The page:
But Modi gets credit for wading into the wild dog world of social media. Tea Leaf Nation, a website that analyses Chinese social media, noted only five world leaders have dared to reach out to Chinese via cyberspace. In large part because of a fear of similar hypernationalistic abuse. It doesn’t help that Facebook and Twitter, where a more global audience could have balanced the Chinese commentary, are banned in the Middle Kingdom.
Chinese commentators across the board say the image of both India and knowledge of Modi has increased positively as a consequence.
And, yes, at least part of the crowd of 3000 who waved at Modi when he exited a Xian temple was spontaneous: the Indian prime minister had made the decision to take a walkabout on the spot, much to the horror of his security.
One Belt One Voice
Everything in China, one sometimes feels, ends up going back to One Belt, One Road – Xi Jinping’s grand plan to build a global infrastructure network with China at the centre. Everyone in China somehow connects what he is doing with One Belt, One Road – no matter how tenuous the link. I fully expected a noodle chef to say, “My noodle look like Maritime Silk Route.”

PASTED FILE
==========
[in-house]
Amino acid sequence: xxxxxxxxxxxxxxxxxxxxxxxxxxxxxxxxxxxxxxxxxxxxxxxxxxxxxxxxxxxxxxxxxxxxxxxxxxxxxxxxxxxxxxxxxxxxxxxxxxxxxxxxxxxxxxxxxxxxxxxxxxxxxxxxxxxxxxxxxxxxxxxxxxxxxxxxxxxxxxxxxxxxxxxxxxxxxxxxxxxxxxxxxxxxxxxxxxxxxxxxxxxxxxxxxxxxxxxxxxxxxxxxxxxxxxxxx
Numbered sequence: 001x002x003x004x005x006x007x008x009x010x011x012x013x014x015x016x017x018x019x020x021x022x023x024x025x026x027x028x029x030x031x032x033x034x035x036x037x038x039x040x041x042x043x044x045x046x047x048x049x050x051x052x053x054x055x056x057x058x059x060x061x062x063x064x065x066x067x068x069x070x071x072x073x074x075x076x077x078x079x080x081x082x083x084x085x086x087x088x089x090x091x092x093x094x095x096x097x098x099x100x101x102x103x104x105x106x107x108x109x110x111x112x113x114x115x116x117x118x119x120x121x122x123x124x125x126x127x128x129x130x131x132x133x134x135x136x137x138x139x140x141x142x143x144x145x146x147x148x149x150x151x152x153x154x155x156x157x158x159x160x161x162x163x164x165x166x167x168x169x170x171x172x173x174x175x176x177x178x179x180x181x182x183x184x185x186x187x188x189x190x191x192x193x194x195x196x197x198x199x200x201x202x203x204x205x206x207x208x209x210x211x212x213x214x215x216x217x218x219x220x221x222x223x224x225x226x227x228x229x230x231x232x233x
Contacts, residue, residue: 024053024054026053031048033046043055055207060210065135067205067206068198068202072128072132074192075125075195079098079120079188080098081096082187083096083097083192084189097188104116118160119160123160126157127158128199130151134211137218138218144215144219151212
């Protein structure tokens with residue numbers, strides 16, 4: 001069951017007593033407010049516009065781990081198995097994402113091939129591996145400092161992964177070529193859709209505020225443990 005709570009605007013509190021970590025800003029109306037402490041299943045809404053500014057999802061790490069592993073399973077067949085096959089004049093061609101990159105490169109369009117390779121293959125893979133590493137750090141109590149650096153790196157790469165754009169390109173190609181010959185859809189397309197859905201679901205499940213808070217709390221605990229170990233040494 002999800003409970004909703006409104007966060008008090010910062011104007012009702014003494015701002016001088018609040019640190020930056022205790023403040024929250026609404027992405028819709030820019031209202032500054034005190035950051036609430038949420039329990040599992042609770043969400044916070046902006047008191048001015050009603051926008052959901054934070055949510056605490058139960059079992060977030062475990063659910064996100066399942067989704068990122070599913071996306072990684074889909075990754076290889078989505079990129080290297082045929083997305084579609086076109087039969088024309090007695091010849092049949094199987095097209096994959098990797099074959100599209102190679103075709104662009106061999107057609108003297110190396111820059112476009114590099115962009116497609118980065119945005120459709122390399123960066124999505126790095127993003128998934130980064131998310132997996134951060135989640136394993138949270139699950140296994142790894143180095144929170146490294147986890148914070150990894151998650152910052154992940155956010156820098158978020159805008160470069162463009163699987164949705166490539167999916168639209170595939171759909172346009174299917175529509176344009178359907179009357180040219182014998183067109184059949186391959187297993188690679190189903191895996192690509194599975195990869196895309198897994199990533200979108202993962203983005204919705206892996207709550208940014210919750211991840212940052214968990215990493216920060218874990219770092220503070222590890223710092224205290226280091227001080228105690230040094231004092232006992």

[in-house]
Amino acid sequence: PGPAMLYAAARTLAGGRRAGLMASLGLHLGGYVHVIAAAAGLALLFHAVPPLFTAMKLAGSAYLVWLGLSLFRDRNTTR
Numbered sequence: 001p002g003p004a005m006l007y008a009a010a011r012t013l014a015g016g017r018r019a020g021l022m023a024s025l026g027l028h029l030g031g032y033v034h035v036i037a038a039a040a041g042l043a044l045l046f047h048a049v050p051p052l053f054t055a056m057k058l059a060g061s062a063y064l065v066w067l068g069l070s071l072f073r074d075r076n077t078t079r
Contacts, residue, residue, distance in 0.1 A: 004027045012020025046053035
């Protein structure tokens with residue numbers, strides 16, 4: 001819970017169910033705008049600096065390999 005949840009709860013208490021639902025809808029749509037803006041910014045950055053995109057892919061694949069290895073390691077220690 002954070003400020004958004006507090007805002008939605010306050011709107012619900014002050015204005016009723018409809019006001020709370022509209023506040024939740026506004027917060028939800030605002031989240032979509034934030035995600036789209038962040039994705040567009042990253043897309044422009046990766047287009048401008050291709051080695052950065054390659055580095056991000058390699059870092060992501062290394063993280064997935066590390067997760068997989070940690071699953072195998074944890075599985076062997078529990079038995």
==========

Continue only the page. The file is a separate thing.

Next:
Chinese express sorrow that Modi rejected Indian endorsement of this project, saying New Delhi would selectively choose those bits that converged with its own interests. Sensible enough as the only two parts of One Belt, One Road announced for South Asia are a $ 46 billion transport corridor running through Pakistan and the Bangladesh-China-India-Myanmar corridor that would effect India’s sensitive Northeast. As one Western diplomat noted, “The BCIM would make your Northeast more connected to south China than it would to the rest of India. Exactly what the Chinese did in Myanmar, almost detaching Upper Burma from Lower Burma.”
Not that India can stop One Belt, One Road. But an Indian yes would have opened the door for almost all the smaller South Asian states to jump on the bandwagon. And India will indirectly end up funding it as one of the key funding bodies for building it will be China’s new Asian Infrastructure Investment Bank – of which India is the second largest contributor.
Just in case you wondered: the “road” part is confusingly a reference to the maritime part of the project while the “belt” is the two land Silk Routes.
The latest statistic that the Chinese are bandying around to show the need for greater civil society engagement is that only 500,000 people travel each year between the two countries who have a combined population of 2.6 billion. “South Korea sends 8 million people to China every year,” said one Chinese think tank type. And most of that half-million is Indian. Only 180,000 Chinese come to India. There are no shortage of reasons why: a lack of Chinese speaking tourist guides in India, a Chinese vision of India as dirty, polluted and full of rapists, and a lot of difficulties getting Indian visas.